Creating an innovation culture

Corning’s Silicon Valley technology chief shares how to stay creative over the long haul, drawing on 40 years of experience.


It’s an extraordinary time for innovation. Technological change and industry disruption seem to be accelerating. And digital information networks are linking individuals, organizations, and nations as never before.

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Even as opportunities grow to exchange ideas and cross-fertilize innovative impulses across organizational boundaries, we’re also seeing a renaissance of something decidedly traditional: the corporate R&D department. Concentrations of scientific talent at institutions such as Bell Labs and PARC (a Xerox company) once ruled the innovation roost, but many company R&D units lost their luster as cost pressures made them less tenable and the digital revolution enabled smaller organizations to make outsized innovation contributions. Recently, though, a new generation of corporate R&D powerhouses has been emerging at technology leaders such as Amazon, Google, and Microsoft. The advance of artificial intelligence, for example, is creating a new set of innovation opportunities for these leaders.

All this has gotten me thinking about the lessons I’ve learned during a 40-year career in science and technology at HP Labs, Agilent Technologies, Avago Technologies (now Broadcom), and, currently, Corning Research & Development Corporation, where I serve as a division vice president and chief technologist. I believe that the forces behind the resurgence of corporate R&D departments have implications for most every company’s innovation efforts. We all need mechanisms and a culture that encourage the embrace of new technologies, kindle the passion for knowledge, and ease barriers to creativity and serendipitous advances. In this article, I’ll offer a number of ideas from my career for creating such a culture. I’ve focused on lessons that seem less intuitive, since some of the obvious ones—invest; attract talent; focus on linkages between idea development, product creation, and consumer adoption—have been covered extensively elsewhere.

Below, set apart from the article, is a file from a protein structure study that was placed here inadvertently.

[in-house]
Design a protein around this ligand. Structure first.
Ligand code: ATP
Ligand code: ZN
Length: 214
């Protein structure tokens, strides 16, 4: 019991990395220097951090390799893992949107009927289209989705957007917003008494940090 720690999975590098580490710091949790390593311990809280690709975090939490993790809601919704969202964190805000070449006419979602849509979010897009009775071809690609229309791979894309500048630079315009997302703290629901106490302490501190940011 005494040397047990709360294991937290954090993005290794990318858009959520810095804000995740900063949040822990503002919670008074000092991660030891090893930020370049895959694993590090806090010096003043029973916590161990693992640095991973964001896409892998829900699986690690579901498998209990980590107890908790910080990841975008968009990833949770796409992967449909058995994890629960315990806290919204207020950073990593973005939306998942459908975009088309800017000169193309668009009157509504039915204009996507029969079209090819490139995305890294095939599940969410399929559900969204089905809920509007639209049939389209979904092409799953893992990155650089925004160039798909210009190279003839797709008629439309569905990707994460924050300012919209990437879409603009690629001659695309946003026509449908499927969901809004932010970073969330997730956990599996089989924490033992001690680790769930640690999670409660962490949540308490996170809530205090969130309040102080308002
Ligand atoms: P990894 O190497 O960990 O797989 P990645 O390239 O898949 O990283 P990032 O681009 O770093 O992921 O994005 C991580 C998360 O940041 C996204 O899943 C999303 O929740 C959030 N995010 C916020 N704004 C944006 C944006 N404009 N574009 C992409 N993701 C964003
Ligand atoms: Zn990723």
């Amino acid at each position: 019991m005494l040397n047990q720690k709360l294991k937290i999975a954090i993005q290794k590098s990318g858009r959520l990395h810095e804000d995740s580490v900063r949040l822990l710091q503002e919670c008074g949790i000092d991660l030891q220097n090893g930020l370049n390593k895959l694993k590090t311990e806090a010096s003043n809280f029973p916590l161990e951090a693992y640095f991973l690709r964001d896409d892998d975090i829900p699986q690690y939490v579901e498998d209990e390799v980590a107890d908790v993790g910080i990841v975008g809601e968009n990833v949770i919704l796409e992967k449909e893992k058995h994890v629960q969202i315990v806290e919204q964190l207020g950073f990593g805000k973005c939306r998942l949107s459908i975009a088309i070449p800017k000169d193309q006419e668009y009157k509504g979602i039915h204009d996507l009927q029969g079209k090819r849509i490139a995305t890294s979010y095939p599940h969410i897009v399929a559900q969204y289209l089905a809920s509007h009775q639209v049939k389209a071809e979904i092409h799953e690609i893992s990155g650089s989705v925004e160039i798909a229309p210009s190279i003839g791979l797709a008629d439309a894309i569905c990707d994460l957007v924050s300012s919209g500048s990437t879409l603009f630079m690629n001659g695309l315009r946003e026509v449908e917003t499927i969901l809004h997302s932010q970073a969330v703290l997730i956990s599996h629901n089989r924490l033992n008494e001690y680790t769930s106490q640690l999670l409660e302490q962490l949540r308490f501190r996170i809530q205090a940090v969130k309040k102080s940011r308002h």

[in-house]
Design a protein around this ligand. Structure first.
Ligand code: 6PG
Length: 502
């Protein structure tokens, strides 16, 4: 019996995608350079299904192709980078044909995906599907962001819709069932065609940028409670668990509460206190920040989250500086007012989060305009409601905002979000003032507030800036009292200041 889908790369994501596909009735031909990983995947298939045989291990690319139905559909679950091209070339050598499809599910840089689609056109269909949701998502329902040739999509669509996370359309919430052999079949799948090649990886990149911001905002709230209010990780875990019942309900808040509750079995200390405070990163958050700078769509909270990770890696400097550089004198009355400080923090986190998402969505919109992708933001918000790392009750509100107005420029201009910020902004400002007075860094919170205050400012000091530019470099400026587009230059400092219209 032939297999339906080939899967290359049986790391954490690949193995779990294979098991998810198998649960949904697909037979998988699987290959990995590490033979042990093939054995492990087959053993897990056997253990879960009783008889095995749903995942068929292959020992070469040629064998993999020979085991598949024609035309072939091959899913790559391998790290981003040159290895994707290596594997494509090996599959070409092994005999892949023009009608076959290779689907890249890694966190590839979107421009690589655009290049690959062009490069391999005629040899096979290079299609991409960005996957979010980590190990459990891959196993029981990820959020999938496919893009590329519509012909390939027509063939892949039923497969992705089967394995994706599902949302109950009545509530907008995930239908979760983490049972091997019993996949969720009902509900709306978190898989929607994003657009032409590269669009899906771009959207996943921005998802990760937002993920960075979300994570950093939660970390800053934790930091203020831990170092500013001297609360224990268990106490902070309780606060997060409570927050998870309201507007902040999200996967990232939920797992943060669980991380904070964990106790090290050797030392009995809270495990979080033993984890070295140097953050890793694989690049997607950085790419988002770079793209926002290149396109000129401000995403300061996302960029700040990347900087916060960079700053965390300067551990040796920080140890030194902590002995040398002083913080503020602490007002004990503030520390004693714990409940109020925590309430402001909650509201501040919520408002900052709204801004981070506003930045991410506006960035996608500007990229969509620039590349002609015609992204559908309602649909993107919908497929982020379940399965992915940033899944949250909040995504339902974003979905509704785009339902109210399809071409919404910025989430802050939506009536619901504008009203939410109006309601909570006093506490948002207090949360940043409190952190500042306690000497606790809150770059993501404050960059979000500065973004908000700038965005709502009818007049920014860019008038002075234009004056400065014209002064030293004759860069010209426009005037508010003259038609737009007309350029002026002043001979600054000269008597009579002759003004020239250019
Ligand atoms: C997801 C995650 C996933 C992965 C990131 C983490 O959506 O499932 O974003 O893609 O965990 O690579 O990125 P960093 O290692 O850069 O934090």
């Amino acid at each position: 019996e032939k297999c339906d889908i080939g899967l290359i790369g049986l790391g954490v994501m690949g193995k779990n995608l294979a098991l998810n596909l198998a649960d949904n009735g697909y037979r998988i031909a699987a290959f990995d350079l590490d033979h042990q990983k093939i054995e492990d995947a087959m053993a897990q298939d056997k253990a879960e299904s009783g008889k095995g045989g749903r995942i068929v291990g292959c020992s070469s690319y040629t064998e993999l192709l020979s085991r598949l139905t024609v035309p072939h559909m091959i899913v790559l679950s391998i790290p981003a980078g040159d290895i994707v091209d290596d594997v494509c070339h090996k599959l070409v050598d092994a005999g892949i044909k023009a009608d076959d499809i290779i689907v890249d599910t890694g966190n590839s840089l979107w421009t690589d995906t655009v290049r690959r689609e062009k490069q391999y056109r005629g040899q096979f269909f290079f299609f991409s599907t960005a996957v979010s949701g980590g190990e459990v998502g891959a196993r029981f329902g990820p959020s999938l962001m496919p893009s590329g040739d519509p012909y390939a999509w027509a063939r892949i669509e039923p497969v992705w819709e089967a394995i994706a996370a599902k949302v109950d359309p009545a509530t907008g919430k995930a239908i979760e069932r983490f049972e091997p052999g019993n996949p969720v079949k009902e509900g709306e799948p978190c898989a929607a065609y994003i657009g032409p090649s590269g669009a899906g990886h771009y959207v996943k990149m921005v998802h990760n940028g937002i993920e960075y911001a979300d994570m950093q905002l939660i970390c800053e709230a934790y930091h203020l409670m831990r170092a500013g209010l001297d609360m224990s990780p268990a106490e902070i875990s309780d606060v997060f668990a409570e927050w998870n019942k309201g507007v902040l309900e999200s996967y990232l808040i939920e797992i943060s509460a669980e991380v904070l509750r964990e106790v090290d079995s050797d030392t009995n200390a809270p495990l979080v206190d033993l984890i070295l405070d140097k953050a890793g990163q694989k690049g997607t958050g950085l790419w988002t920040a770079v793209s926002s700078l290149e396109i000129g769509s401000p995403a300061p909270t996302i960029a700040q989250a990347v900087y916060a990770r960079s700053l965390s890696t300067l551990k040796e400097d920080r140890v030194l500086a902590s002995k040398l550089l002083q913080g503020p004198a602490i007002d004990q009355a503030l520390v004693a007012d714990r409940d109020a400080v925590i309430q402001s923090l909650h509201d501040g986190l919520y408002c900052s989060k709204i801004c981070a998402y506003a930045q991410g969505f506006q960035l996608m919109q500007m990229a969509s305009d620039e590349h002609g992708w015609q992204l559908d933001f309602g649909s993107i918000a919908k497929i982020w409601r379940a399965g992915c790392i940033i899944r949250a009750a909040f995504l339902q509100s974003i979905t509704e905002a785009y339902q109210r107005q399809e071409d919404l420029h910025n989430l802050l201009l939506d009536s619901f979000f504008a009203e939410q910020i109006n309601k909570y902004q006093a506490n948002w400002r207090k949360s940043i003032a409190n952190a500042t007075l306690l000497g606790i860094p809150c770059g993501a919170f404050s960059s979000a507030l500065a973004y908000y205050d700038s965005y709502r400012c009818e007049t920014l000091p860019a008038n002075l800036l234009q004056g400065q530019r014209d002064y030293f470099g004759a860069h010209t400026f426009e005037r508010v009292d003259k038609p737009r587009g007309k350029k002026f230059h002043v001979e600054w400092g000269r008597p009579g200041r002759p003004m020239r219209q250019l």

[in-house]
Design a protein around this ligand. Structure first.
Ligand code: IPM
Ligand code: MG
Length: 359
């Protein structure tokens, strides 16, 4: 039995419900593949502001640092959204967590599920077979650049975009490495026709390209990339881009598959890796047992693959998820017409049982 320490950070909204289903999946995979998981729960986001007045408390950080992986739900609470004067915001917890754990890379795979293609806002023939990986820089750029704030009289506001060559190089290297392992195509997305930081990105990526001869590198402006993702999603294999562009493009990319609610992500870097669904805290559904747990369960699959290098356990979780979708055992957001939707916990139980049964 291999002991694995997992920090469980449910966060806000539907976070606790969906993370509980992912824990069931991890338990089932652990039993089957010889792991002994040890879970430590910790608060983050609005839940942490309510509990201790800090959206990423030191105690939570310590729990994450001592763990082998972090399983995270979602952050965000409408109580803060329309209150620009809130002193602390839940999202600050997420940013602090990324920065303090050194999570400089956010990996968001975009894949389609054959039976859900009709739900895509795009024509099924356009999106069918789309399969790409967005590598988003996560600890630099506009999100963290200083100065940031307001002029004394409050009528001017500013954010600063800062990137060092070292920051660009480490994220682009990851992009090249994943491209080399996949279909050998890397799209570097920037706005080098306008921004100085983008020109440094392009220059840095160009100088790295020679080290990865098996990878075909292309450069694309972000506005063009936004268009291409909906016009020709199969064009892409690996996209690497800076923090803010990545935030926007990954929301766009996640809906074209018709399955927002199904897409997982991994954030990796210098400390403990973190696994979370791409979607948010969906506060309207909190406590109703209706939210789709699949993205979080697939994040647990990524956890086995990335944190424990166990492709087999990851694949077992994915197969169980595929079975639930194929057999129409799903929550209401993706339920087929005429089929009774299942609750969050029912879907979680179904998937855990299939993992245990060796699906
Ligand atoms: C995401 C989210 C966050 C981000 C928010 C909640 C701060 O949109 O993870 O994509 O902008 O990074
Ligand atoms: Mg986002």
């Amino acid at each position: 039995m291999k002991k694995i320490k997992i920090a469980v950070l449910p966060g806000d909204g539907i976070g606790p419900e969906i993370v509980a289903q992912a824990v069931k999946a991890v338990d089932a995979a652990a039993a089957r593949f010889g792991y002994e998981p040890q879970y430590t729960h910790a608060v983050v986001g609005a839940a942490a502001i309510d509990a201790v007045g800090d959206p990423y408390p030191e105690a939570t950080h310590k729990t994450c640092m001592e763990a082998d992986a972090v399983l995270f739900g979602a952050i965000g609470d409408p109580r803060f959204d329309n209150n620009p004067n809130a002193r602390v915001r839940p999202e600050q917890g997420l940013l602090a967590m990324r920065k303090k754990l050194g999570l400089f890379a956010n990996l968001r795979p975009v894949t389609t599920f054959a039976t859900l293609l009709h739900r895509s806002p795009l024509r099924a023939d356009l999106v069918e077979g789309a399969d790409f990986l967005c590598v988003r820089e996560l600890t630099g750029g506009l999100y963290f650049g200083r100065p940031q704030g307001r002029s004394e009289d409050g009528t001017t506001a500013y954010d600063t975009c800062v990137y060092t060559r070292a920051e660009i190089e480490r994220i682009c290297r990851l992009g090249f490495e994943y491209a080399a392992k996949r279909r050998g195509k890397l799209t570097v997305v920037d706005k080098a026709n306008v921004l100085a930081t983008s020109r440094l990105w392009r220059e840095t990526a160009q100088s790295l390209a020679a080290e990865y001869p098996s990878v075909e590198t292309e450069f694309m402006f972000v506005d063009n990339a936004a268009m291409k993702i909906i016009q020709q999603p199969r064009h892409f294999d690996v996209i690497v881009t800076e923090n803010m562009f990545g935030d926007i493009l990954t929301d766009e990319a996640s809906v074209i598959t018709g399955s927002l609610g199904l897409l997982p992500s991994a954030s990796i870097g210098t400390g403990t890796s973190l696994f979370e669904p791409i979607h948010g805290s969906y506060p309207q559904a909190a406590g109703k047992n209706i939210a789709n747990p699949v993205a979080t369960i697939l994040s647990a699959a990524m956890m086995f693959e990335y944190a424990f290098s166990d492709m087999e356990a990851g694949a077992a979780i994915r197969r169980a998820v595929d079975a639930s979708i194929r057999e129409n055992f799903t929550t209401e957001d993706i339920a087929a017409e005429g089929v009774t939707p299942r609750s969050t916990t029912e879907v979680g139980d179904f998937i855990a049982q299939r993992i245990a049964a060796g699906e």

Practice ‘innovation parenting’

In my experience, innovative cultures start with a philosophy and a tone—one analogous to the classic parenting advice that children need both “roots and wings.” As an innovation leader, you must ground creative people in accountability for the organization’s objectives, key focus areas, core capabilities, and commitments to stakeholders. Then you give them broad discretion to conduct their work in service of those parameters. Obsessing too much about budget and deadlines will kill ideas before they get off the ground. Once your scientists understand that they are ultimately accountable for delivering practical products and processes that can be manufactured affordably, you can trust them to not embarrass you by wasting a lot of money and effort. This trust helps forge an innovation culture.